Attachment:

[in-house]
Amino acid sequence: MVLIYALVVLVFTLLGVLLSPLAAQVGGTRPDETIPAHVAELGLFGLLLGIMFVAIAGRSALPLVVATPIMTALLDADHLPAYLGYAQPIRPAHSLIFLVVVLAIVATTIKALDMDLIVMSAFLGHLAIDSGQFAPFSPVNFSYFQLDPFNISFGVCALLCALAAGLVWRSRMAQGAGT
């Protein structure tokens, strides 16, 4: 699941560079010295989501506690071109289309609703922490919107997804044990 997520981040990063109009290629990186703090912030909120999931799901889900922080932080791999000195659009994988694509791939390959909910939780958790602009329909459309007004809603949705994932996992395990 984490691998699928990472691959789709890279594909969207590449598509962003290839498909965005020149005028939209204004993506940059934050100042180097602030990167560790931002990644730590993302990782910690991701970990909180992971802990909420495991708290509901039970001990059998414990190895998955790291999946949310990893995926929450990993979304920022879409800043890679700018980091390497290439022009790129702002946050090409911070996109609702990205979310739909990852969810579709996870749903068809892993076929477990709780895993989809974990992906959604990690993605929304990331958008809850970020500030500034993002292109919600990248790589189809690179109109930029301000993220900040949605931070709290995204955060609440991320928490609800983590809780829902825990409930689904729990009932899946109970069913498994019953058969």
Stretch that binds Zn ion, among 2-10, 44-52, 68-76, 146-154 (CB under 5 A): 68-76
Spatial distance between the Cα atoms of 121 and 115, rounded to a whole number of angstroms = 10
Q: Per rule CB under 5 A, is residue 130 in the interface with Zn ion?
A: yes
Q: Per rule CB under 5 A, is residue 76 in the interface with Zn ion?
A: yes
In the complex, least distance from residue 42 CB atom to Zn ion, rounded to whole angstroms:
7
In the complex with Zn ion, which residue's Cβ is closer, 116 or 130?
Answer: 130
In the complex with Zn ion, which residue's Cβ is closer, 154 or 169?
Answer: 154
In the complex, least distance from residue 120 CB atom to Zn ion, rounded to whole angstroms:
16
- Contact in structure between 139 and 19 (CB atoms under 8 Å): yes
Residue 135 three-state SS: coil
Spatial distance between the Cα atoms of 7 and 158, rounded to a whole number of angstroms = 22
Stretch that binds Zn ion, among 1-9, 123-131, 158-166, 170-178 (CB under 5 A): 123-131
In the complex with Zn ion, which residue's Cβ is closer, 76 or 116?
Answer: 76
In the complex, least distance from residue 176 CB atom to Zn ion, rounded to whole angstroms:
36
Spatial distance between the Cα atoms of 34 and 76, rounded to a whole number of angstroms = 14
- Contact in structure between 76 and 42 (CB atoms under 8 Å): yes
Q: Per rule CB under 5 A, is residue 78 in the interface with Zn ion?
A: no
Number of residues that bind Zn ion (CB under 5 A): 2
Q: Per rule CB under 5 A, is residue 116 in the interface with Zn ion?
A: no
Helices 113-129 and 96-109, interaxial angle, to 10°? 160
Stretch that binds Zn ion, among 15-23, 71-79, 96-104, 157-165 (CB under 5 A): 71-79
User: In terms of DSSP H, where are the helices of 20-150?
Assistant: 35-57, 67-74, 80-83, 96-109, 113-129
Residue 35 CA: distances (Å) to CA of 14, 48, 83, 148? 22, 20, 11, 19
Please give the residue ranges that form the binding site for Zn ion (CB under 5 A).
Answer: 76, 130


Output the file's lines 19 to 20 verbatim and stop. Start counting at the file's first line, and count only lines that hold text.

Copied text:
Residue 135 three-state SS: coil
Spatial distance between the Cα atoms of 7 and 158, rounded to a whole number of angstroms = 22